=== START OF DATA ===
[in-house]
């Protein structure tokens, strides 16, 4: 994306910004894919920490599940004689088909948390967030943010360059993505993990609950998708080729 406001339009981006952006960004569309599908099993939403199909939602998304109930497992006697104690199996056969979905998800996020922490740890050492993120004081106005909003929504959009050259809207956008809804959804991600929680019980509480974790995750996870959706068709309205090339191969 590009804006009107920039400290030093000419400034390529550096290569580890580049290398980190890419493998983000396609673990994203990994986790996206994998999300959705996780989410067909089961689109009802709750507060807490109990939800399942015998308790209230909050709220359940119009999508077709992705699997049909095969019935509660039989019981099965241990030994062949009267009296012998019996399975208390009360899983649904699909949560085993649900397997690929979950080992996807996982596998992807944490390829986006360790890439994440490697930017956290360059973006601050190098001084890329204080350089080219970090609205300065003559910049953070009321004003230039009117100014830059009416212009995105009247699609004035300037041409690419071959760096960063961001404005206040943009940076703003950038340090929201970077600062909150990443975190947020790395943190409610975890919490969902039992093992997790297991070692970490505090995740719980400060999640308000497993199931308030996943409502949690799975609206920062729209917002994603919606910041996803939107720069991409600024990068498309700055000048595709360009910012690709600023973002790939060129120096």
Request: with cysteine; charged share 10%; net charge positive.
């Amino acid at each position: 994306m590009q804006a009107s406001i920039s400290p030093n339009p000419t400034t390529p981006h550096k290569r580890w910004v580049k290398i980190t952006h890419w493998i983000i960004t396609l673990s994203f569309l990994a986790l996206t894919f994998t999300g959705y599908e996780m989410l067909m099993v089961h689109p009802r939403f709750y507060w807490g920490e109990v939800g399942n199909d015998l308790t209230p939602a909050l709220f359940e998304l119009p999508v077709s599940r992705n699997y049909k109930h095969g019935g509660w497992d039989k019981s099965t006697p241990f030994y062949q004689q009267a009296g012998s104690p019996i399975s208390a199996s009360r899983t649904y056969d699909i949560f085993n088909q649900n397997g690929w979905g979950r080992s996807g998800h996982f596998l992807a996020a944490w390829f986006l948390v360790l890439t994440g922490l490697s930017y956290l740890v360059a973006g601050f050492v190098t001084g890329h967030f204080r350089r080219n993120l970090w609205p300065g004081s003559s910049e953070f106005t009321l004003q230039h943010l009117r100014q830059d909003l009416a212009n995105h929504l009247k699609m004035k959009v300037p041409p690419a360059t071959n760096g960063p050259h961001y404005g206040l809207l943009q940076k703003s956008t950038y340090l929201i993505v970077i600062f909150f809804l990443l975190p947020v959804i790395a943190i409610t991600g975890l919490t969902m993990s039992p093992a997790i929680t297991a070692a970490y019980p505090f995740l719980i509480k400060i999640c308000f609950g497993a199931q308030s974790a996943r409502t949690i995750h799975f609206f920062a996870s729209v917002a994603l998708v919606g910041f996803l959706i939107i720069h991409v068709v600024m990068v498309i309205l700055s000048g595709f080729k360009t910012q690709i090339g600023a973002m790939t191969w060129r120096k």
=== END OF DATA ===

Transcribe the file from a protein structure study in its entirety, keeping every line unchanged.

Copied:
[in-house]
């Protein structure tokens, strides 16, 4: 994306910004894919920490599940004689088909948390967030943010360059993505993990609950998708080729 406001339009981006952006960004569309599908099993939403199909939602998304109930497992006697104690199996056969979905998800996020922490740890050492993120004081106005909003929504959009050259809207956008809804959804991600929680019980509480974790995750996870959706068709309205090339191969 590009804006009107920039400290030093000419400034390529550096290569580890580049290398980190890419493998983000396609673990994203990994986790996206994998999300959705996780989410067909089961689109009802709750507060807490109990939800399942015998308790209230909050709220359940119009999508077709992705699997049909095969019935509660039989019981099965241990030994062949009267009296012998019996399975208390009360899983649904699909949560085993649900397997690929979950080992996807996982596998992807944490390829986006360790890439994440490697930017956290360059973006601050190098001084890329204080350089080219970090609205300065003559910049953070009321004003230039009117100014830059009416212009995105009247699609004035300037041409690419071959760096960063961001404005206040943009940076703003950038340090929201970077600062909150990443975190947020790395943190409610975890919490969902039992093992997790297991070692970490505090995740719980400060999640308000497993199931308030996943409502949690799975609206920062729209917002994603919606910041996803939107720069991409600024990068498309700055000048595709360009910012690709600023973002790939060129120096």
Request: with cysteine; charged share 10%; net charge positive.
């Amino acid at each position: 994306m590009q804006a009107s406001i920039s400290p030093n339009p000419t400034t390529p981006h550096k290569r580890w910004v580049k290398i980190t952006h890419w493998i983000i960004t396609l673990s994203f569309l990994a986790l996206t894919f994998t999300g959705y599908e996780m989410l067909m099993v089961h689109p009802r939403f709750y507060w807490g920490e109990v939800g399942n199909d015998l308790t209230p939602a909050l709220f359940e998304l119009p999508v077709s599940r992705n699997y049909k109930h095969g019935g509660w497992d039989k019981s099965t006697p241990f030994y062949q004689q009267a009296g012998s104690p019996i399975s208390a199996s009360r899983t649904y056969d699909i949560f085993n088909q649900n397997g690929w979905g979950r080992s996807g998800h996982f596998l992807a996020a944490w390829f986006l948390v360790l890439t994440g922490l490697s930017y956290l740890v360059a973006g601050f050492v190098t001084g890329h967030f204080r350089r080219n993120l970090w609205p300065g004081s003559s910049e953070f106005t009321l004003q230039h943010l009117r100014q830059d909003l009416a212009n995105h929504l009247k699609m004035k959009v300037p041409p690419a360059t071959n760096g960063p050259h961001y404005g206040l809207l943009q940076k703003s956008t950038y340090l929201i993505v970077i600062f909150f809804l990443l975190p947020v959804i790395a943190i409610t991600g975890l919490t969902m993990s039992p093992a997790i929680t297991a070692a970490y019980p505090f995740l719980i509480k400060i999640c308000f609950g497993a199931q308030s974790a996943r409502t949690i995750h799975f609206f920062a996870s729209v917002a994603l998708v919606g910041f996803l959706i939107i720069h991409v068709v600024m990068v498309i309205l700055s000048g595709f080729k360009t910012q690709i090339g600023a973002m790939t191969w060129r120096k």